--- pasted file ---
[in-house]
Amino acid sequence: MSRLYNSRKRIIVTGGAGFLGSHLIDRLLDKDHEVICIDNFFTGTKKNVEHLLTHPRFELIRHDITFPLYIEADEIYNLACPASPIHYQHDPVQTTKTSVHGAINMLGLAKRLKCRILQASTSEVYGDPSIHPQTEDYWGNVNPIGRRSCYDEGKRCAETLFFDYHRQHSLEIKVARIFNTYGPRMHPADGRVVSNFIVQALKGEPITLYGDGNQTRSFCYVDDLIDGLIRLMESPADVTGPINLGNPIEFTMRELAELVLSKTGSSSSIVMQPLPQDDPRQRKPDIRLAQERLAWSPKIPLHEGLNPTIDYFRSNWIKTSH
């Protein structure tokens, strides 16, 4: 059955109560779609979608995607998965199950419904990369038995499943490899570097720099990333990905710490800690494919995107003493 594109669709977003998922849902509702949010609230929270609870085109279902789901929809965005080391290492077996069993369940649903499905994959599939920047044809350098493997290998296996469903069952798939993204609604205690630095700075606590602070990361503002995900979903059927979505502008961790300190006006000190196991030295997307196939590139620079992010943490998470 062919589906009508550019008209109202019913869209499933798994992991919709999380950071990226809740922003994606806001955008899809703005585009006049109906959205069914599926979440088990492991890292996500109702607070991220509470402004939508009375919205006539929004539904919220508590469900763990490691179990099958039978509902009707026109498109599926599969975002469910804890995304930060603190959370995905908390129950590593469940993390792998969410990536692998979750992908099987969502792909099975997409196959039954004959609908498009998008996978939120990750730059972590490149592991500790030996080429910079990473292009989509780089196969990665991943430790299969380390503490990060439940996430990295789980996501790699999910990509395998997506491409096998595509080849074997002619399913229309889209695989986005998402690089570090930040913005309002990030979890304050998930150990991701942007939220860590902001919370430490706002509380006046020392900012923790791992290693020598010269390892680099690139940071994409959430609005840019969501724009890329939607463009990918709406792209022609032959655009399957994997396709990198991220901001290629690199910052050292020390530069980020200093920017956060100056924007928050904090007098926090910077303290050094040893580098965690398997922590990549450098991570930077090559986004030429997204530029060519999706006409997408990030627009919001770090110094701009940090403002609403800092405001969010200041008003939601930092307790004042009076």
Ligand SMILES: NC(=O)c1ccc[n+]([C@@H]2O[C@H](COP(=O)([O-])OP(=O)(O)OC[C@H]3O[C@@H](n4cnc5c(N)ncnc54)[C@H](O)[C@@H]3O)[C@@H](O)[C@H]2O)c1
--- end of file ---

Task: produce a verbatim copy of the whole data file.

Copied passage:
[in-house]
Amino acid sequence: MSRLYNSRKRIIVTGGAGFLGSHLIDRLLDKDHEVICIDNFFTGTKKNVEHLLTHPRFELIRHDITFPLYIEADEIYNLACPASPIHYQHDPVQTTKTSVHGAINMLGLAKRLKCRILQASTSEVYGDPSIHPQTEDYWGNVNPIGRRSCYDEGKRCAETLFFDYHRQHSLEIKVARIFNTYGPRMHPADGRVVSNFIVQALKGEPITLYGDGNQTRSFCYVDDLIDGLIRLMESPADVTGPINLGNPIEFTMRELAELVLSKTGSSSSIVMQPLPQDDPRQRKPDIRLAQERLAWSPKIPLHEGLNPTIDYFRSNWIKTSH
């Protein structure tokens, strides 16, 4: 059955109560779609979608995607998965199950419904990369038995499943490899570097720099990333990905710490800690494919995107003493 594109669709977003998922849902509702949010609230929270609870085109279902789901929809965005080391290492077996069993369940649903499905994959599939920047044809350098493997290998296996469903069952798939993204609604205690630095700075606590602070990361503002995900979903059927979505502008961790300190006006000190196991030295997307196939590139620079992010943490998470 062919589906009508550019008209109202019913869209499933798994992991919709999380950071990226809740922003994606806001955008899809703005585009006049109906959205069914599926979440088990492991890292996500109702607070991220509470402004939508009375919205006539929004539904919220508590469900763990490691179990099958039978509902009707026109498109599926599969975002469910804890995304930060603190959370995905908390129950590593469940993390792998969410990536692998979750992908099987969502792909099975997409196959039954004959609908498009998008996978939120990750730059972590490149592991500790030996080429910079990473292009989509780089196969990665991943430790299969380390503490990060439940996430990295789980996501790699999910990509395998997506491409096998595509080849074997002619399913229309889209695989986005998402690089570090930040913005309002990030979890304050998930150990991701942007939220860590902001919370430490706002509380006046020392900012923790791992290693020598010269390892680099690139940071994409959430609005840019969501724009890329939607463009990918709406792209022609032959655009399957994997396709990198991220901001290629690199910052050292020390530069980020200093920017956060100056924007928050904090007098926090910077303290050094040893580098965690398997922590990549450098991570930077090559986004030429997204530029060519999706006409997408990030627009919001770090110094701009940090403002609403800092405001969010200041008003939601930092307790004042009076």
Ligand SMILES: NC(=O)c1ccc[n+]([C@@H]2O[C@H](COP(=O)([O-])OP(=O)(O)OC[C@H]3O[C@@H](n4cnc5c(N)ncnc54)[C@H](O)[C@@H]3O)[C@@H](O)[C@H]2O)c1